Outstanding hosting from just $2.95/mo Free site transfers on most plansVisit Siteground > X

Expert Guide To Buying A Registered Domain Name In 2020

Disclosure: Your support helps keep the site running! We earn a referral fee for some of the services we recommend on this page. Learn more

How to Buy That Domain You've Always Wanted (But's Not For Sale)

Selecting the right domain name for your website is one of the most critical aspects of establishing yourself online. Your domain name has to be engaging enough to catch the eye, evoke your business in the mind's eye of anyone who sees it, and memorable (and pithy) enough for easy recall.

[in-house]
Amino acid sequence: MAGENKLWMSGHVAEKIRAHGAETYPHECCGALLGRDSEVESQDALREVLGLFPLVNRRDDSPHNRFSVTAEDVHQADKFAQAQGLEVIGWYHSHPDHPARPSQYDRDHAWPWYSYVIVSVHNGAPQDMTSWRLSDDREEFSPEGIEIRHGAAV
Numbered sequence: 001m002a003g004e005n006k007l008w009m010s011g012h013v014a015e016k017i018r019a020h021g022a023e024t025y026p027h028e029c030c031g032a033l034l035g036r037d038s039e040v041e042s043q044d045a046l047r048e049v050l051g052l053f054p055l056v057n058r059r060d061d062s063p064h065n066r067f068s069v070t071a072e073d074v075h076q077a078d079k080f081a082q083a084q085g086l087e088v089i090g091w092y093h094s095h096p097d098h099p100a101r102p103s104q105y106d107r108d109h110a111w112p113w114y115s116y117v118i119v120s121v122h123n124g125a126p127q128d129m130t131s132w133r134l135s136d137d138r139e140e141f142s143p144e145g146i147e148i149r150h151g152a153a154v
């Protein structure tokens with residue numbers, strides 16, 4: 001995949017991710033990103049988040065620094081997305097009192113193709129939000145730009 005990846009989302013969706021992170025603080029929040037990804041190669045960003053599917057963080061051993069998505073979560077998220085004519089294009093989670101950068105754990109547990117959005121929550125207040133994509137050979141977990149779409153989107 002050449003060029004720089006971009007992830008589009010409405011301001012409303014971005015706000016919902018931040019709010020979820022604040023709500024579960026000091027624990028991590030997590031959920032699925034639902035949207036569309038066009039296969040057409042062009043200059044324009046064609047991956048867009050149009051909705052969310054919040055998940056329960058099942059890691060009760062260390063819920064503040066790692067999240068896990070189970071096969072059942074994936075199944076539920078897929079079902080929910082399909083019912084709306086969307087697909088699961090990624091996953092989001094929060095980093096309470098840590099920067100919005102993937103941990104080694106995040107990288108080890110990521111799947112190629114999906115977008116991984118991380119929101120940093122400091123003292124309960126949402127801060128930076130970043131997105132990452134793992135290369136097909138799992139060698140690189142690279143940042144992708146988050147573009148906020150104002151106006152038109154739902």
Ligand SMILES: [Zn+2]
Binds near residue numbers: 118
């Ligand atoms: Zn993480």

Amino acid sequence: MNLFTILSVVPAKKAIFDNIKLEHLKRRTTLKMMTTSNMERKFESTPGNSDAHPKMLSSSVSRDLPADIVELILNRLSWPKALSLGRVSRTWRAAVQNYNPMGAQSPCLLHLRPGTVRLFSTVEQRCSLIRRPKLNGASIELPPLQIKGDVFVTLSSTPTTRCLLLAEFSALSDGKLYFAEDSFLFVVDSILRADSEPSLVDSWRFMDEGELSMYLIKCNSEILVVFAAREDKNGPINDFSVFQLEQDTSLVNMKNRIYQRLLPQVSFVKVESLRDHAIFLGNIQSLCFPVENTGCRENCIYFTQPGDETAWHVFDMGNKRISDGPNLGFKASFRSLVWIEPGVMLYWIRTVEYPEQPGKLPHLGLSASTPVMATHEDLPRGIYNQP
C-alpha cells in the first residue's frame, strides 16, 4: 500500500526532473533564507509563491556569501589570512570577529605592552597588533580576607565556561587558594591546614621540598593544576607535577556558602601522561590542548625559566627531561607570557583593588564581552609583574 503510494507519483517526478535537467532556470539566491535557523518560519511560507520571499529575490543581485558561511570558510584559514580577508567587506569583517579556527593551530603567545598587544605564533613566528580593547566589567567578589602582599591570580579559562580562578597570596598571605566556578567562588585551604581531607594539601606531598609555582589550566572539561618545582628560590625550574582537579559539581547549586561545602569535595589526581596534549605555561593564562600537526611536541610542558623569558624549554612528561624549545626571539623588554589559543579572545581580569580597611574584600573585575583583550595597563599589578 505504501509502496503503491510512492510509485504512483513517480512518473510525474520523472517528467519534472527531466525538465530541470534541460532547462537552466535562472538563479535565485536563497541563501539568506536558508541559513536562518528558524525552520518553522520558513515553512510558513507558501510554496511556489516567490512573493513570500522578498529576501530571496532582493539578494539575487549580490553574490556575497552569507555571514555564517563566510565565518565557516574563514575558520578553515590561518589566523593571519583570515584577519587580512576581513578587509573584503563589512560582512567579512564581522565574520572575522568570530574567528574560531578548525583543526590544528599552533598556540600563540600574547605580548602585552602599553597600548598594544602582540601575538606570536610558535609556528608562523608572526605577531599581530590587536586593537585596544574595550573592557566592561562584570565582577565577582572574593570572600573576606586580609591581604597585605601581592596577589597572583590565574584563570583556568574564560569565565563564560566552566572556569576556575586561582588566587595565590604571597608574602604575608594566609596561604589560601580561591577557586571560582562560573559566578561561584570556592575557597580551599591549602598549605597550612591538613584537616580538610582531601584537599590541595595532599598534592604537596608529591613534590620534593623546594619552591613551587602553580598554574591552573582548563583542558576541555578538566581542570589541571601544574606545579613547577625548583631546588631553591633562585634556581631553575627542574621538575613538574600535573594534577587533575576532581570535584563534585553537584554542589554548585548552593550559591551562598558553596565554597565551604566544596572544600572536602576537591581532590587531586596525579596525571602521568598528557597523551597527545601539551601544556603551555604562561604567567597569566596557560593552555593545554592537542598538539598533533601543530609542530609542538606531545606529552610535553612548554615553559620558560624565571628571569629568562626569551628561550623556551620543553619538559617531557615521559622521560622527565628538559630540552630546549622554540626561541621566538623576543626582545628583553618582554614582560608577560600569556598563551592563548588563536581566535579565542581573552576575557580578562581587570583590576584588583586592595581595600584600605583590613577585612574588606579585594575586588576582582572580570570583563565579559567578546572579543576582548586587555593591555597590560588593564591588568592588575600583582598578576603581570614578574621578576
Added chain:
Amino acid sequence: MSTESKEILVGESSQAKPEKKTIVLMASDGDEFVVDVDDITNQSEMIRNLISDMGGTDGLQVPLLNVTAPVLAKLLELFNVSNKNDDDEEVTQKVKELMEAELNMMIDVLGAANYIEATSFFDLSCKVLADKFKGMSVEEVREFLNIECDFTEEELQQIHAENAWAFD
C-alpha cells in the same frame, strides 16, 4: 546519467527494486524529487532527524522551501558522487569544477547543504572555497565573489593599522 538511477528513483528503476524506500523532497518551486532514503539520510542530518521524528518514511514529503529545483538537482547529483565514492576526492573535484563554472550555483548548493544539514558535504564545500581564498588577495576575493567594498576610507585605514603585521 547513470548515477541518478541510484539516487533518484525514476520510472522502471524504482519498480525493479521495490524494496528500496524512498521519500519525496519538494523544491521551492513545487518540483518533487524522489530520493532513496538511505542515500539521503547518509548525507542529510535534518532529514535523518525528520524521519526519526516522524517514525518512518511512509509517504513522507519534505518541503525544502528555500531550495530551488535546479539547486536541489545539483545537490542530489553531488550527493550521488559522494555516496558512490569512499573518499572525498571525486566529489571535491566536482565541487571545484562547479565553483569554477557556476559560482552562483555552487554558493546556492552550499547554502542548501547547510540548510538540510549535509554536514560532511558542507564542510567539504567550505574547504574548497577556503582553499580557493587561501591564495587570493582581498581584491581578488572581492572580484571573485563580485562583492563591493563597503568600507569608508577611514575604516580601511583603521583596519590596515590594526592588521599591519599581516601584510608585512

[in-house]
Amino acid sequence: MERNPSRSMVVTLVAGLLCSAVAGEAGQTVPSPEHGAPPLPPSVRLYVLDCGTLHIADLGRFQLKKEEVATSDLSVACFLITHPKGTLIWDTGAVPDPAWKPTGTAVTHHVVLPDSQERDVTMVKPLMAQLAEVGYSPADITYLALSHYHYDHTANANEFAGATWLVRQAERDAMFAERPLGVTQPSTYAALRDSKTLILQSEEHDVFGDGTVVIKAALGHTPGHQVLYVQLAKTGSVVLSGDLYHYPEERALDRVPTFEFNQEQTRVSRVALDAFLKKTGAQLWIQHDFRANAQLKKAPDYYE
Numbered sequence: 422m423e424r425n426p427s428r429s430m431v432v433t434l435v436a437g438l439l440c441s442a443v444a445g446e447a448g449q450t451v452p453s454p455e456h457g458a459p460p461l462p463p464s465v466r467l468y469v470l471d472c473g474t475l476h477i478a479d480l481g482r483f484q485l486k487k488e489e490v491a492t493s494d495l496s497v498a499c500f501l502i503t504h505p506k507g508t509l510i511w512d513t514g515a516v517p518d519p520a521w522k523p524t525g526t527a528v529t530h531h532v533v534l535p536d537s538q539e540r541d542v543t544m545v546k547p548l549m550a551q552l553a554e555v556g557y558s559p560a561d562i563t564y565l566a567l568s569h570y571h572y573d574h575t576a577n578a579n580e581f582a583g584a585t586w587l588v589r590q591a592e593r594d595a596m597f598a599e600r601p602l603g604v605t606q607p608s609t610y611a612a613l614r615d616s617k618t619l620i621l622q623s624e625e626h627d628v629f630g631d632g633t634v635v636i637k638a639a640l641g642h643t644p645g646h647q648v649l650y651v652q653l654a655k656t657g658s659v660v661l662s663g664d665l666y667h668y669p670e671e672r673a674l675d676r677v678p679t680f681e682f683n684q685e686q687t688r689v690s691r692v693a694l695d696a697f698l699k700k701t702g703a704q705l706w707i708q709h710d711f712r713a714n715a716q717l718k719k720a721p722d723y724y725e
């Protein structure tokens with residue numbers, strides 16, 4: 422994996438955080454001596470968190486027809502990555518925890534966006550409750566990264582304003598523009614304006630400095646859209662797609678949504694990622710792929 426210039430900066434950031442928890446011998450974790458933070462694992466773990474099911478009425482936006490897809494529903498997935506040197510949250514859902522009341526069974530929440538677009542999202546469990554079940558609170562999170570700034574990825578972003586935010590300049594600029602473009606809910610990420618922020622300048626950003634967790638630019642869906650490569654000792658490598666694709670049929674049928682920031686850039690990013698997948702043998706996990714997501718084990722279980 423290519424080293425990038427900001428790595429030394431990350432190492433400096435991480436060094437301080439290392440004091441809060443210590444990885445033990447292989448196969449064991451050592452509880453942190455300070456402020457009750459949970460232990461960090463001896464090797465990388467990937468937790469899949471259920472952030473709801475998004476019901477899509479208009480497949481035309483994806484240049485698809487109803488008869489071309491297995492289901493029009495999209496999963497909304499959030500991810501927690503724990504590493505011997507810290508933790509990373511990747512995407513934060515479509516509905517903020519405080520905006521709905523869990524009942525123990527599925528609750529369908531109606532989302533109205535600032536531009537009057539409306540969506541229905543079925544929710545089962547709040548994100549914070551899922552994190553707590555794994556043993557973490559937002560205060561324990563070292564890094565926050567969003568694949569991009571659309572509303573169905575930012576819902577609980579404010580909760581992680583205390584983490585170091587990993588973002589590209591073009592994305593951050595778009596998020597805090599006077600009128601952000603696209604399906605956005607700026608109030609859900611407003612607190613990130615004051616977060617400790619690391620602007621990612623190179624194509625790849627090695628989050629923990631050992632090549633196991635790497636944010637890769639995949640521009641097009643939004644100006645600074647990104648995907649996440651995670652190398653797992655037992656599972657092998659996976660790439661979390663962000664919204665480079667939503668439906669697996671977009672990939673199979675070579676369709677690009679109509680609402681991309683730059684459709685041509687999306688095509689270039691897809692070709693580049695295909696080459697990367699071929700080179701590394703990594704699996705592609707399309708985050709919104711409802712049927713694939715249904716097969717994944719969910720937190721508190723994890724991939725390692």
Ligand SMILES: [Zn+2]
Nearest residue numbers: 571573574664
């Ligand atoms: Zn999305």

What to Do When Your Perfect Name Is Taken?

What do you do when you've picked out a name and selected a hosting provider, but your perfect domain name's already been registered by someone else? Sure, you may have access to other domain suffixes like ".biz" or ".net" or even ".tv", but if you've got your heart and mind set on getting YourSite.com when someone else already owns it, you'll need to enter the world of aftermarket domains.

Registered domains that don't have a website associated with them have often been purchased by speculators who are banking on making a profit from buying a name they hope will be irresistible to a future purchaser. In the early days of the Web, speculative purchases gave rise to such shenanigans as URL (uniform resource locator) hijacking and "typosquatting."